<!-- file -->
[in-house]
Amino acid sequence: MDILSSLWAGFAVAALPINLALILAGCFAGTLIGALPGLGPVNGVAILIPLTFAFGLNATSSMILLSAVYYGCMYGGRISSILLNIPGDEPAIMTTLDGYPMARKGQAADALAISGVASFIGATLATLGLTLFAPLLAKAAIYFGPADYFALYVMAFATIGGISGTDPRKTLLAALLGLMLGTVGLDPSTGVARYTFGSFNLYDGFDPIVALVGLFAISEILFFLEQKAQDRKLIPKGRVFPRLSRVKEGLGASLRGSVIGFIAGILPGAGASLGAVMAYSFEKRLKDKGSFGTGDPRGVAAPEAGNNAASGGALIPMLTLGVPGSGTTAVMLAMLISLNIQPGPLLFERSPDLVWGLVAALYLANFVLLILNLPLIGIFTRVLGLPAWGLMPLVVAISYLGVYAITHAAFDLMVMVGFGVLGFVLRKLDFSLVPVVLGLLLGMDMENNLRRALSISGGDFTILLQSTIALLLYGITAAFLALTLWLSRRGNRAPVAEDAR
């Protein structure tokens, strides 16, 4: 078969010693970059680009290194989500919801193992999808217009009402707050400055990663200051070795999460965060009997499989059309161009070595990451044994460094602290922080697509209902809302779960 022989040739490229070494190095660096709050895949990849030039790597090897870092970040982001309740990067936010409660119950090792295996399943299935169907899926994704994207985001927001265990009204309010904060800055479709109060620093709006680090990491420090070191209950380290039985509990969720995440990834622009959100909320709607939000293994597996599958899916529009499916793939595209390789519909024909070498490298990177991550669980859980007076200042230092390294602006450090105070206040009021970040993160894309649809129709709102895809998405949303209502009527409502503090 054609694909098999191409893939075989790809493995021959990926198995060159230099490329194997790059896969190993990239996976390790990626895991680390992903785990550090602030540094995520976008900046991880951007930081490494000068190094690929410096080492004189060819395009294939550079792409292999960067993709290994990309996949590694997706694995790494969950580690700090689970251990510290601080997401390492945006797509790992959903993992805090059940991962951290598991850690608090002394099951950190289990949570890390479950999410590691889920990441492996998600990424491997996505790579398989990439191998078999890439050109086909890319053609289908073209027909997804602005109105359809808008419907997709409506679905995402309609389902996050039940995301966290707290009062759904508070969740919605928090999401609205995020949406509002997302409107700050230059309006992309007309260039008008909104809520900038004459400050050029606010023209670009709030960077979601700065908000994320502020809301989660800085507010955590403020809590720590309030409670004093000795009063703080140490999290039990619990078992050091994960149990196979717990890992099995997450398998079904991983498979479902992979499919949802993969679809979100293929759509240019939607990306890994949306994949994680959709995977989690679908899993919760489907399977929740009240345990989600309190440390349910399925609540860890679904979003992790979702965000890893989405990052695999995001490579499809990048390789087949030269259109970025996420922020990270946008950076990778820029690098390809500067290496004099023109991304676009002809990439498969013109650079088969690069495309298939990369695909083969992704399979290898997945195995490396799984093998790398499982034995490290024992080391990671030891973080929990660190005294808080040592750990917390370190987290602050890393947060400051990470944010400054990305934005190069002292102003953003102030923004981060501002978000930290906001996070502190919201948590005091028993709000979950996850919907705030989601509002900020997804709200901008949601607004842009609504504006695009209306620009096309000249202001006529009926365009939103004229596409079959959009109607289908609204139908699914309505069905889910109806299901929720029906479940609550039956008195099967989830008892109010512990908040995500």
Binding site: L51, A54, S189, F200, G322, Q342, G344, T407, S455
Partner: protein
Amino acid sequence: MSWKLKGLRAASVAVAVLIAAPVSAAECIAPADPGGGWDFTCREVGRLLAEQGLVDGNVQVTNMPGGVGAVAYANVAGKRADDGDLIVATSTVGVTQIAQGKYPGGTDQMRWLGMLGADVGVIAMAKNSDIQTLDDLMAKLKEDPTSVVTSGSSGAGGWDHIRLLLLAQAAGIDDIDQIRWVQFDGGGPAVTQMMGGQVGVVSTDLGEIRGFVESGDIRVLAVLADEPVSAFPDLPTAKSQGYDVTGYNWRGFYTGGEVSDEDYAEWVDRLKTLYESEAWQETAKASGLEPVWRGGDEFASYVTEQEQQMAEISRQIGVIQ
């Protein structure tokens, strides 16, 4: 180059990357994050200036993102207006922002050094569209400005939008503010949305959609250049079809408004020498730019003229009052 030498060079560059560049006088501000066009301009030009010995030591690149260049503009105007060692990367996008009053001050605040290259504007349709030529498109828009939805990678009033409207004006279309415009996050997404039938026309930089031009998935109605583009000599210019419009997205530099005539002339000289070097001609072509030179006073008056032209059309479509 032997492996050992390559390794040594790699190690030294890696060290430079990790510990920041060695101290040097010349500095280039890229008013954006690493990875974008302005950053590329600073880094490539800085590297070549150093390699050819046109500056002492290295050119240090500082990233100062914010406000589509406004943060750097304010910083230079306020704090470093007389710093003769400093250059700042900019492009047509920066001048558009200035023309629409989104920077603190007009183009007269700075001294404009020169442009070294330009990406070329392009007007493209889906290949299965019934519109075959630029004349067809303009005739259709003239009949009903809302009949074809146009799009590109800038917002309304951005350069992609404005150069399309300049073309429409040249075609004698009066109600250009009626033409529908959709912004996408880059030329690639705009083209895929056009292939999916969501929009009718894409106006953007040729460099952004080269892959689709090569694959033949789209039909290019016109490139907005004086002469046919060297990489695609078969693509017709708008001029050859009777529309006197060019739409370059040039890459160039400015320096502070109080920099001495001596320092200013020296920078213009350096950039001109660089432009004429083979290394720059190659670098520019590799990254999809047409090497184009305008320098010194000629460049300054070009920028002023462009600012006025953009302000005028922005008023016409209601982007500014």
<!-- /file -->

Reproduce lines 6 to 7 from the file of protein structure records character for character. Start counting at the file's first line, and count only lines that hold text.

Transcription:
Amino acid sequence: MSWKLKGLRAASVAVAVLIAAPVSAAECIAPADPGGGWDFTCREVGRLLAEQGLVDGNVQVTNMPGGVGAVAYANVAGKRADDGDLIVATSTVGVTQIAQGKYPGGTDQMRWLGMLGADVGVIAMAKNSDIQTLDDLMAKLKEDPTSVVTSGSSGAGGWDHIRLLLLAQAAGIDDIDQIRWVQFDGGGPAVTQMMGGQVGVVSTDLGEIRGFVESGDIRVLAVLADEPVSAFPDLPTAKSQGYDVTGYNWRGFYTGGEVSDEDYAEWVDRLKTLYESEAWQETAKASGLEPVWRGGDEFASYVTEQEQQMAEISRQIGVIQ
């Protein structure tokens, strides 16, 4: 180059990357994050200036993102207006922002050094569209400005939008503010949305959609250049079809408004020498730019003229009052 030498060079560059560049006088501000066009301009030009010995030591690149260049503009105007060692990367996008009053001050605040290259504007349709030529498109828009939805990678009033409207004006279309415009996050997404039938026309930089031009998935109605583009000599210019419009997205530099005539002339000289070097001609072509030179006073008056032209059309479509 032997492996050992390559390794040594790699190690030294890696060290430079990790510990920041060695101290040097010349500095280039890229008013954006690493990875974008302005950053590329600073880094490539800085590297070549150093390699050819046109500056002492290295050119240090500082990233100062914010406000589509406004943060750097304010910083230079306020704090470093007389710093003769400093250059700042900019492009047509920066001048558009200035023309629409989104920077603190007009183009007269700075001294404009020169442009070294330009990406070329392009007007493209889906290949299965019934519109075959630029004349067809303009005739259709003239009949009903809302009949074809146009799009590109800038917002309304951005350069992609404005150069399309300049073309429409040249075609004698009066109600250009009626033409529908959709912004996408880059030329690639705009083209895929056009292939999916969501929009009718894409106006953007040729460099952004080269892959689709090569694959033949789209039909290019016109490139907005004086002469046919060297990489695609078969693509017709708008001029050859009777529309006197060019739409370059040039890459160039400015320096502070109080920099001495001596320092200013020296920078213009350096950039001109660089432009004429083979290394720059190659670098520019590799990254999809047409090497184009305008320098010194000629460049300054070009920028002023462009600012006025953009302000005028922005008023016409209601982007500014």